To facilitate more rigorous energy management and monitoring, utility meters in 85 campus buildings are being replaced, repaired and upgraded. The $2.5 million series of projects, expected to be concluded by the end of 2007, includes repairing or replacing malfunctioning steam meters, installing chilled water meters in 19 buildings that don’t have meters, installing telemetering systems that allow chilled water and steam meters to be read remotely, installing 60 electrical submeters in selected locations, and repairing or replacing 25,000 steam traps.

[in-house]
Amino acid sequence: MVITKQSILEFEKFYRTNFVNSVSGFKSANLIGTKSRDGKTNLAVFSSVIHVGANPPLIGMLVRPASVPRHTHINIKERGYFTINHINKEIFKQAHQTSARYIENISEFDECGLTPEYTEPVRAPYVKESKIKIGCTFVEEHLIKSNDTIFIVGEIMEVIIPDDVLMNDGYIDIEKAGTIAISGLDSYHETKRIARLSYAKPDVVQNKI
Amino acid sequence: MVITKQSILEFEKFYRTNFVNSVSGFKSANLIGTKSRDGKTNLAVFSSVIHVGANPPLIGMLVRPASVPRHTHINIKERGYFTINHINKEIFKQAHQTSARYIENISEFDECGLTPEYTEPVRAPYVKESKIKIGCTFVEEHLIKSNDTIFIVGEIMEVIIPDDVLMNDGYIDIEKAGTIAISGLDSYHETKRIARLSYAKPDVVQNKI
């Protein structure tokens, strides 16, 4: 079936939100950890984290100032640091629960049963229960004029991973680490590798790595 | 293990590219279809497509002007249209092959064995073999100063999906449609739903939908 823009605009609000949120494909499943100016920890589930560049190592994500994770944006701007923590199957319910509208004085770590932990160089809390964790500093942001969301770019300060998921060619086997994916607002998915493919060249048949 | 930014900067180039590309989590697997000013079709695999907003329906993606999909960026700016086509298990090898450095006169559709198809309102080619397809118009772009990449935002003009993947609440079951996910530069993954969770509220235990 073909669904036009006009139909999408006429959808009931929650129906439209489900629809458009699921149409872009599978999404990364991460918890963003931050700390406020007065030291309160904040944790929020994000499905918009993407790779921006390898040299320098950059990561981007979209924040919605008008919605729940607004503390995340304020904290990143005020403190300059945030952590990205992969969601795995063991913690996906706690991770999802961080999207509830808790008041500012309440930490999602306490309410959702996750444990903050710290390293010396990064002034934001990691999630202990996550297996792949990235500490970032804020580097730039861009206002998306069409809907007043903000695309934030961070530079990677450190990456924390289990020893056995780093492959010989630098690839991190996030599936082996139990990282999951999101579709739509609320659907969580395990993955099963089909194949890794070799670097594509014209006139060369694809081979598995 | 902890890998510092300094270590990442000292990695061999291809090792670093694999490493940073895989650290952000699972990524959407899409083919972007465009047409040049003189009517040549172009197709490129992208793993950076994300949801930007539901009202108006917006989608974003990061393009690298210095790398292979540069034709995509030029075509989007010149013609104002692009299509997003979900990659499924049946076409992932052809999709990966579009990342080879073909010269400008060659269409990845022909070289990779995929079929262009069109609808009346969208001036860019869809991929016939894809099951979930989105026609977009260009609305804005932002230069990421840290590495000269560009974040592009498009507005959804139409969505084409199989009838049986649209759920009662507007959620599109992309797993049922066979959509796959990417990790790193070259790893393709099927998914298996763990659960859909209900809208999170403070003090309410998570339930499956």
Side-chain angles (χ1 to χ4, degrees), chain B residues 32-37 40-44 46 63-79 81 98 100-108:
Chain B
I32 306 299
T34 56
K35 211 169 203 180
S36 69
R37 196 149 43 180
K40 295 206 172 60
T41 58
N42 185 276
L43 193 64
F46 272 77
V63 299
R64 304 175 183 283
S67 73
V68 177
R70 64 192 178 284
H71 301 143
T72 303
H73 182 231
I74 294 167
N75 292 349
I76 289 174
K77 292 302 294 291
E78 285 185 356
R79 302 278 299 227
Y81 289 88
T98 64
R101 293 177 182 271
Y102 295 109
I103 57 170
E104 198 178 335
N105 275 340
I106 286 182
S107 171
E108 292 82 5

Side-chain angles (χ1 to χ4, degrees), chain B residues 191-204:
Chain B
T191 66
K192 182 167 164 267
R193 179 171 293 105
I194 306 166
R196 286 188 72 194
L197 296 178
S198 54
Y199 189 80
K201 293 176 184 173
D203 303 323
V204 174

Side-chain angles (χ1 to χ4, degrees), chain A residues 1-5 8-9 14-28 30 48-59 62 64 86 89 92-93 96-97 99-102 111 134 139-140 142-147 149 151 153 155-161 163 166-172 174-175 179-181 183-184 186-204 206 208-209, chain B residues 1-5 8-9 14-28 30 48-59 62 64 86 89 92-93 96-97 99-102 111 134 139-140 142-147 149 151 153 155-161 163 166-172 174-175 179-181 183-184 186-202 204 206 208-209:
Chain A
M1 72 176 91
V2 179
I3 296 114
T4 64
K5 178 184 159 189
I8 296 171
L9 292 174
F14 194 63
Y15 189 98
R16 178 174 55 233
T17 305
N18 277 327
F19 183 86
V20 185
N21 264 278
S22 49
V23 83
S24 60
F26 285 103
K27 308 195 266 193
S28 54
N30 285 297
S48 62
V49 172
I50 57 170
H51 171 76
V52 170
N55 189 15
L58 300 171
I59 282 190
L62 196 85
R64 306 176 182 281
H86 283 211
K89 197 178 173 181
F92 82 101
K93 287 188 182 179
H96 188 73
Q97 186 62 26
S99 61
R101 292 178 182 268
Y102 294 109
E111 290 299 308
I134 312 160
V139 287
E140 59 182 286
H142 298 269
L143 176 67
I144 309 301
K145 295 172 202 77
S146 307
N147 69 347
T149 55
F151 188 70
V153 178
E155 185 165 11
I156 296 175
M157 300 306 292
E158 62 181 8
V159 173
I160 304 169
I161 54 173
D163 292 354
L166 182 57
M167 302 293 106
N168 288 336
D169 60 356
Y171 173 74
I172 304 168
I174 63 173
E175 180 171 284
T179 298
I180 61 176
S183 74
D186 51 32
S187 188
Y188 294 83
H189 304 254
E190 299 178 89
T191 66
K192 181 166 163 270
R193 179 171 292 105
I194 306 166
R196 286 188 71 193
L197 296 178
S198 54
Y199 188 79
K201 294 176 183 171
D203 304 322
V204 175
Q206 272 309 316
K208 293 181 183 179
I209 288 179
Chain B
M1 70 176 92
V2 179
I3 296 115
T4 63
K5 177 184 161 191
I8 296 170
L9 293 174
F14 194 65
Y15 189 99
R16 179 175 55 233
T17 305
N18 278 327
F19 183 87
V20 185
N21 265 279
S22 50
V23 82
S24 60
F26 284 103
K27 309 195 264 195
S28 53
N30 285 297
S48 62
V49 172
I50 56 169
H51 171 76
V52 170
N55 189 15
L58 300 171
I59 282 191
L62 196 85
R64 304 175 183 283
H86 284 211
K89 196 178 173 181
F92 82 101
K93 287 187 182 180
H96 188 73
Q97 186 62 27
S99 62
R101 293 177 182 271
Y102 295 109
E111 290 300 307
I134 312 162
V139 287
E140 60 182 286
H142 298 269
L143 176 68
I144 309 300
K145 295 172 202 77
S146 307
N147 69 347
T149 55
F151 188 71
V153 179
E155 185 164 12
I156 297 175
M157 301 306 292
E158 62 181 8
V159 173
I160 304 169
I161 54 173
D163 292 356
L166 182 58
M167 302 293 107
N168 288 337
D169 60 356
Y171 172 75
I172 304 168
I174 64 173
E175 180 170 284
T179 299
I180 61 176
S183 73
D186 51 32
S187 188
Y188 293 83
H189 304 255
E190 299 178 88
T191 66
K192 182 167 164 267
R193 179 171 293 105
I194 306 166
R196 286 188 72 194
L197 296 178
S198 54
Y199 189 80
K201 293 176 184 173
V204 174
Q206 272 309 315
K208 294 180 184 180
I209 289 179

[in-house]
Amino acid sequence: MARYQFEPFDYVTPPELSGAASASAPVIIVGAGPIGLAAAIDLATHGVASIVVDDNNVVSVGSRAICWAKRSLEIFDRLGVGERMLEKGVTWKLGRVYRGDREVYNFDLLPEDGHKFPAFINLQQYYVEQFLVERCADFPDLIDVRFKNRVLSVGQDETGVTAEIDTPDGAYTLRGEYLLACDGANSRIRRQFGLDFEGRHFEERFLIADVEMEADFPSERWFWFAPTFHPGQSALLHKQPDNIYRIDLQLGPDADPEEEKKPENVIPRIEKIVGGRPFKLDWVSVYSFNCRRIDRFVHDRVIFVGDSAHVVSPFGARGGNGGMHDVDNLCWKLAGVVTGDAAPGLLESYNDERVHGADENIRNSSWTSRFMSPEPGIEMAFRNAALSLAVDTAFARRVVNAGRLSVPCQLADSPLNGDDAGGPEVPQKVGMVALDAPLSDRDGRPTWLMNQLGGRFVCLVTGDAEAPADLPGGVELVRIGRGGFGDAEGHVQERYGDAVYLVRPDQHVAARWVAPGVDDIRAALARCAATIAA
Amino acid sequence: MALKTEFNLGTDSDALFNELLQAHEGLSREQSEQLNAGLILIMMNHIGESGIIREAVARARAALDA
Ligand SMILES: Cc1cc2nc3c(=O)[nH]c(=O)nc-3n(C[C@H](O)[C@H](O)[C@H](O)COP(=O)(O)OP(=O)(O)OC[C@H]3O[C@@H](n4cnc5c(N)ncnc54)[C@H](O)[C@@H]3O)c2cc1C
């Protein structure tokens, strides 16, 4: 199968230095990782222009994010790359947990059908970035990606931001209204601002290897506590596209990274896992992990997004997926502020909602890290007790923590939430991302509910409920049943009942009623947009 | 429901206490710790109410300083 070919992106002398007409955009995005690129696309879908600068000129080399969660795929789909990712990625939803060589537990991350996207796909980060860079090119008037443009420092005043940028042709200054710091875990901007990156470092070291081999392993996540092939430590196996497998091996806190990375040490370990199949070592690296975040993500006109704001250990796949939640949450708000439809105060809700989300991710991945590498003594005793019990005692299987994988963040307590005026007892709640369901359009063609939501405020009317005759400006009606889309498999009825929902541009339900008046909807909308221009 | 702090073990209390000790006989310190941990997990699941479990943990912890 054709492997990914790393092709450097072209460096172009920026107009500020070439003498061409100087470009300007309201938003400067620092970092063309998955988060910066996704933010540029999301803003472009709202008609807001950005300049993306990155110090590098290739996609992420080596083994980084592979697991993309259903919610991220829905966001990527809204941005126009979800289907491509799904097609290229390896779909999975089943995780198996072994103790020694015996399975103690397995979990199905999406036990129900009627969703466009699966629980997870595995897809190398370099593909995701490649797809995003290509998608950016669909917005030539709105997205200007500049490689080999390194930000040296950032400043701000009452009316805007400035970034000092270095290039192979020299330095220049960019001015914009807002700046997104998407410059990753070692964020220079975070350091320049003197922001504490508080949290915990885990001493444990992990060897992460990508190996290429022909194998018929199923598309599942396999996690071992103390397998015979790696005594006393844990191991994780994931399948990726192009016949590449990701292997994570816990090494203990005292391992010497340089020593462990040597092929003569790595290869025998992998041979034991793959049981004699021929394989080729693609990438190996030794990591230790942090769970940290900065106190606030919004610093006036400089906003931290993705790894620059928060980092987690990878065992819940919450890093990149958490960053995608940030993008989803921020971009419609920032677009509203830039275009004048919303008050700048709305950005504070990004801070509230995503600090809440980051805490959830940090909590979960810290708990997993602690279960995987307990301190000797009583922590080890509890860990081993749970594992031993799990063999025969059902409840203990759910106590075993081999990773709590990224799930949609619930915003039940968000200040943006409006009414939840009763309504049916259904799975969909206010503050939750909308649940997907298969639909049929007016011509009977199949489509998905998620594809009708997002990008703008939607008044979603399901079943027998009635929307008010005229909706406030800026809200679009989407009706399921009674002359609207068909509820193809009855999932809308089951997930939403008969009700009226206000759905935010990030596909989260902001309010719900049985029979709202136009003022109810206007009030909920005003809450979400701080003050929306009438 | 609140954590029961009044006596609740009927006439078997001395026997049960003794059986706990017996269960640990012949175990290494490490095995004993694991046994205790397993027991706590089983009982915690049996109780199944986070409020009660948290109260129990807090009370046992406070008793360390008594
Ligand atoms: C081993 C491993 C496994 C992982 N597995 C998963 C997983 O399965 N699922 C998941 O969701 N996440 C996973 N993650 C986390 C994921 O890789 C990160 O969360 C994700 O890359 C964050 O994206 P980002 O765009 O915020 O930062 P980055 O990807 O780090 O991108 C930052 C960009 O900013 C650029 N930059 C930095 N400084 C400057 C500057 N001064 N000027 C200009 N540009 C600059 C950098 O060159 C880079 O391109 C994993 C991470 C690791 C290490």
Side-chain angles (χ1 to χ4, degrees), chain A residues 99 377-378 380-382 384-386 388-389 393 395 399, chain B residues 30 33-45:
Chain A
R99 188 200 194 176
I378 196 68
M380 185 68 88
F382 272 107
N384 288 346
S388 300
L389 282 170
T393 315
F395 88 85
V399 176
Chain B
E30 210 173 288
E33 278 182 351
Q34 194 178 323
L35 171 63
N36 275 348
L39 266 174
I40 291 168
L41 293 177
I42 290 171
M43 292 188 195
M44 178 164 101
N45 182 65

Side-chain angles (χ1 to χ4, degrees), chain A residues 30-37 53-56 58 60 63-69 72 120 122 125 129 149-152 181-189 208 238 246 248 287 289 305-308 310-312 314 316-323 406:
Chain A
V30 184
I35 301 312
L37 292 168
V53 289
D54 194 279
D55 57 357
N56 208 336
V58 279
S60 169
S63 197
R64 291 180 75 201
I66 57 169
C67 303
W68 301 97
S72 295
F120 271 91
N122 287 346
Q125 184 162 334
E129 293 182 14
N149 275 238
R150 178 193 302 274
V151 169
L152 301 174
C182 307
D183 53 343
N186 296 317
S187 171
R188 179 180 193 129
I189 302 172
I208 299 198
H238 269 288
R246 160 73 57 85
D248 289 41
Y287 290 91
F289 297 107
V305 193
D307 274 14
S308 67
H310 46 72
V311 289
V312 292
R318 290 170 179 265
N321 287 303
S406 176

Additionally, the UI is participating in the U.S. Environmental Protection Agency’s “Energy Star” program, which provides resources such as energy-management guidelines, an energy program assessment matrix and a provider directory of services and supplies.
Sharita Forrest, Assistant Editor
Students are more proactive than UI faculty and staff members in terms of valuing energy conservation and renewable energy sources, said Terry Ruprecht, campus academic facilities officer.
Accordingly, student fees are funding several “green” projects at the Urbana campus aimed at promoting energy efficiency, energy conservation and a clean environment.